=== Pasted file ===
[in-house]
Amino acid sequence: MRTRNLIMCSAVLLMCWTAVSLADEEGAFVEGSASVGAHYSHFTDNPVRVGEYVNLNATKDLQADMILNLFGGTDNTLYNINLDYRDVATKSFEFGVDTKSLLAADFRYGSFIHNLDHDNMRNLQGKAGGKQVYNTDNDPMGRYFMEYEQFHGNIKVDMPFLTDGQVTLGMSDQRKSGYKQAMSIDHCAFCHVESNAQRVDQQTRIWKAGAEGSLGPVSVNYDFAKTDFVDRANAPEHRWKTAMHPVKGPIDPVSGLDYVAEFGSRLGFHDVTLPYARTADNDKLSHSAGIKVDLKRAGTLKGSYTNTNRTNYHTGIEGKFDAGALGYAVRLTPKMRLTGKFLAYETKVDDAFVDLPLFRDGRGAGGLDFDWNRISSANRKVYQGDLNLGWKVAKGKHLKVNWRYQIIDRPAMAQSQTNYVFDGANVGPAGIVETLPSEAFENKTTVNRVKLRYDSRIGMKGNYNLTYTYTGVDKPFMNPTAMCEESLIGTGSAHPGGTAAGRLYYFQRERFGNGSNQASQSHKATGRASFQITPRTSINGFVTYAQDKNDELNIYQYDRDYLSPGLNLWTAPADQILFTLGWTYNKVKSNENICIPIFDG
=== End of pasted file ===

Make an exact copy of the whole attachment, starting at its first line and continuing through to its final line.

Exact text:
[in-house]
Amino acid sequence: MRTRNLIMCSAVLLMCWTAVSLADEEGAFVEGSASVGAHYSHFTDNPVRVGEYVNLNATKDLQADMILNLFGGTDNTLYNINLDYRDVATKSFEFGVDTKSLLAADFRYGSFIHNLDHDNMRNLQGKAGGKQVYNTDNDPMGRYFMEYEQFHGNIKVDMPFLTDGQVTLGMSDQRKSGYKQAMSIDHCAFCHVESNAQRVDQQTRIWKAGAEGSLGPVSVNYDFAKTDFVDRANAPEHRWKTAMHPVKGPIDPVSGLDYVAEFGSRLGFHDVTLPYARTADNDKLSHSAGIKVDLKRAGTLKGSYTNTNRTNYHTGIEGKFDAGALGYAVRLTPKMRLTGKFLAYETKVDDAFVDLPLFRDGRGAGGLDFDWNRISSANRKVYQGDLNLGWKVAKGKHLKVNWRYQIIDRPAMAQSQTNYVFDGANVGPAGIVETLPSEAFENKTTVNRVKLRYDSRIGMKGNYNLTYTYTGVDKPFMNPTAMCEESLIGTGSAHPGGTAAGRLYYFQRERFGNGSNQASQSHKATGRASFQITPRTSINGFVTYAQDKNDELNIYQYDRDYLSPGLNLWTAPADQILFTLGWTYNKVKSNENICIPIFDG